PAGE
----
- The healthiest chocolate is organic, not alkalized, minimally processed with the highest contents of non-fat cocoa solids and the least amount of sugar and other additives.
Dark chocolate – health benefits
The properties of the cocoa’s components may have a significant impact in the prevention of certain medical conditions and decreasing their risk factors.
Some sources consider dark chocolate as a medicinal food.
However, more studies are needed to determine whether eating chocolate has similar health benefits to its individual components.
It also needs to be established the dosages and frequencies of chocolate consumption required to exert a significant effect on health.
For instance, an extract of theobromine reduces coughs in cases of acute bronchitis, but eating dark chocolate may not necessarily have the same effect, even though it is very rich in theobromine.
The following is a list of dark chocolate benefits:
Dark chocolate benefits related to cardiovascular disease and stroke
Eating dark chocolate is usually associated with a lower risk of cardiovascular disease and stroke.
Dark chocolate consumption is linked with the reduction of inflammation, hypertension and vasodilation, the relaxation of arteries, the inhibition of platelet activation, aggregation and adhesion, the increase of HDL cholesterol and the reduction of lipid oxidation.
Flavonols that are present in cocoa significantly reduce various risk factors of cardiovascular disease.
- Eating dark chocolate reduces the risk of cardiovascular disease and stroke thanks to high contents of flavonols.
Dark chocolate benefits related to insulin resistance and type 2 diabetes
In addition to reducing insulin resistance and improving glucose tolerance, polyphenols may also induce beta cell regeneration and stimulate the secretion of insulin.
All of these effects are known to reduce the risk of type 2 diabetes.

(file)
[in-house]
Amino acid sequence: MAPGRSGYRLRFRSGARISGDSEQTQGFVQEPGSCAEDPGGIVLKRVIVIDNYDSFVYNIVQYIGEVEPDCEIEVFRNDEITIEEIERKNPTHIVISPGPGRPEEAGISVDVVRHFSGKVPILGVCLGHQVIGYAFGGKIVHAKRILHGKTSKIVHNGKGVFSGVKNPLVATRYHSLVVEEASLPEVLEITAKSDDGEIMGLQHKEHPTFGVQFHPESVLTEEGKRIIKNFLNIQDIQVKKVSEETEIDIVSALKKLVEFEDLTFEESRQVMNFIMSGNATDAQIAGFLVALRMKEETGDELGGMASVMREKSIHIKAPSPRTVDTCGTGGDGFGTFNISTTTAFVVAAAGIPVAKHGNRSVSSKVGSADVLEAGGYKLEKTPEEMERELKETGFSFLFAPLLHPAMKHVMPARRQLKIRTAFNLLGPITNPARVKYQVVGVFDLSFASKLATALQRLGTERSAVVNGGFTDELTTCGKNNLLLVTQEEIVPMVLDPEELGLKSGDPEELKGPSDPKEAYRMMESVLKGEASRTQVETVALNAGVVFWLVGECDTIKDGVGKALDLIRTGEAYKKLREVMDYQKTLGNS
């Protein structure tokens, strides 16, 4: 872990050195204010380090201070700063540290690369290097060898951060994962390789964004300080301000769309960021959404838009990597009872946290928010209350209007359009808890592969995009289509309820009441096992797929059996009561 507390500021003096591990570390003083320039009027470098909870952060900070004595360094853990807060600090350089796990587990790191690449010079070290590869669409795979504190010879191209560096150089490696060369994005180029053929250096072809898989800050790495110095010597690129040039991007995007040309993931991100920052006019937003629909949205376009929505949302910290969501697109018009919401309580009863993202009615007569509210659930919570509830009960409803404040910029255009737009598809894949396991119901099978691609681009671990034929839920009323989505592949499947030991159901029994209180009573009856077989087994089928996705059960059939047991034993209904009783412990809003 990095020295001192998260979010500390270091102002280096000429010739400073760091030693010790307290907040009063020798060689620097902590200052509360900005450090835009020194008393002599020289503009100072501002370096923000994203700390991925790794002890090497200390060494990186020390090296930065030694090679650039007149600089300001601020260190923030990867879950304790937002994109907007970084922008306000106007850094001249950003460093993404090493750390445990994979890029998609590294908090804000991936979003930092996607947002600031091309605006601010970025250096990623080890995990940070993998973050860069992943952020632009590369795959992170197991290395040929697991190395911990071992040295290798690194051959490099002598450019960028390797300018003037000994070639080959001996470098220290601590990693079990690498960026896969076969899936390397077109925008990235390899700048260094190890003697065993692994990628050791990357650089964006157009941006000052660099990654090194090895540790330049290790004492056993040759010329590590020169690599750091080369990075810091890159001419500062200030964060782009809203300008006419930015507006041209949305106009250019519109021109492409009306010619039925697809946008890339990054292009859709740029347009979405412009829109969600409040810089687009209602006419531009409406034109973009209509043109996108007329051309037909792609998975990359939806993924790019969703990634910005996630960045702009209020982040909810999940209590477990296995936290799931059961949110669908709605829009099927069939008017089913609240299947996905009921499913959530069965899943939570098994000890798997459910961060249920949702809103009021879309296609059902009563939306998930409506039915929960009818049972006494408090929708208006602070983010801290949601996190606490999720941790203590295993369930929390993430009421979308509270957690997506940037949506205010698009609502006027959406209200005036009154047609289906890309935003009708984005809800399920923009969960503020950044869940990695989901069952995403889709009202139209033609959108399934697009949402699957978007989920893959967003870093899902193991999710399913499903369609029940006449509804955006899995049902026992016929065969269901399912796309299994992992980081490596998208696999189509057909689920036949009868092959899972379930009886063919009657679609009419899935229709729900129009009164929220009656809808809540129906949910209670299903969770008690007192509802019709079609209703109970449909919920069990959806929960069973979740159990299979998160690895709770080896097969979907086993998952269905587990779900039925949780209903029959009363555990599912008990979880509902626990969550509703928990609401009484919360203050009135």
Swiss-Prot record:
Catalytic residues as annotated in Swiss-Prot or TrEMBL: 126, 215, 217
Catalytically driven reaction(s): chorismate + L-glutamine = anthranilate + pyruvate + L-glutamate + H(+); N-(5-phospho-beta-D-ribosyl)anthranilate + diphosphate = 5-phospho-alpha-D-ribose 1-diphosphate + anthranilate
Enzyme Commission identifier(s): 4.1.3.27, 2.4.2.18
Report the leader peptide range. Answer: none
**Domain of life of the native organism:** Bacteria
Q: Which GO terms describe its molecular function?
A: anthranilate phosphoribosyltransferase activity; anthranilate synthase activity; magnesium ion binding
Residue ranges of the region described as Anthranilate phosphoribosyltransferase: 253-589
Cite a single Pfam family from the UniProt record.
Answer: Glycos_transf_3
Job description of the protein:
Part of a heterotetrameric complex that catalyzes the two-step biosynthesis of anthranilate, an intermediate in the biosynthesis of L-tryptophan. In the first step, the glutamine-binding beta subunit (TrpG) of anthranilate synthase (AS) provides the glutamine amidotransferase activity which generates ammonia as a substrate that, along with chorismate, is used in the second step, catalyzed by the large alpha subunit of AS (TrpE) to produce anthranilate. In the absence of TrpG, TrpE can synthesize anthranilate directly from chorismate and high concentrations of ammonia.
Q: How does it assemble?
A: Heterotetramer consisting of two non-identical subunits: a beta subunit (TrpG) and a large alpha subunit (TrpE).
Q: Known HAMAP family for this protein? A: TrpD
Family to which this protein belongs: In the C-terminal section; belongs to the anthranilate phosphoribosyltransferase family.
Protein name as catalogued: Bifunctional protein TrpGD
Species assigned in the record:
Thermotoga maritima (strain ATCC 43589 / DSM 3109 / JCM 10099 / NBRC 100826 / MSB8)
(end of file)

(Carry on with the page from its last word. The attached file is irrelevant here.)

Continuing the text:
Nevertheless, please note that consuming dark chocolate on a regular basis for extended periods of time is more effective than eating it sporadically.
A 50g serving of dark chocolate, with cocoa solids of about 50%, and roughly a 50-50% ratio of fat to carbohydrates, has a low GI=23 and only a GL of 6. (9)
Despite the current unavailability of lab data (only some estimates (10) regarding GI and GL levels on higher cocoa percentages of chocolate, we can safely assume that since 50-50 cocoa to sugar ratio has low GI and GL, that chocolates with at least 70% cocoa, have even smaller GI and GL.
Therefore, the higher the percentage of cocoa chocolate, the safer it is for diabetics.
A recent (2017) meta analysis of prospective studies has shown that chocolate has protective effects in type 2 diabetes. The optimal dose has been shown to be 30g serving of chocolate twice per week. No benefit was observed when consumption was increased above 6 servings per week. (11)
- Dark chocolate has been shown to be safe for diabetics.
- Eat 30g of chocolate 2-6 times per week for optimal protective effects in type 2 diabetes.
Dark chocolate benefits related to immunity and cancer
Although there are no studies of the cocoa effects on the immune system in humans, there are some preliminary studies performed on rats and in-vitro.
The cocoa’s powerful antioxidant properties and its ability to enhance apoptosis of cancer cells (14) may also have a key role in reducing the risk of cancer.
NOTE: there are no studies on the effects of cocoa consumption on cancer in humans.
- Dark chocolate may be beneficial in improving immunity and cancer prevention. However, current evidence is weak.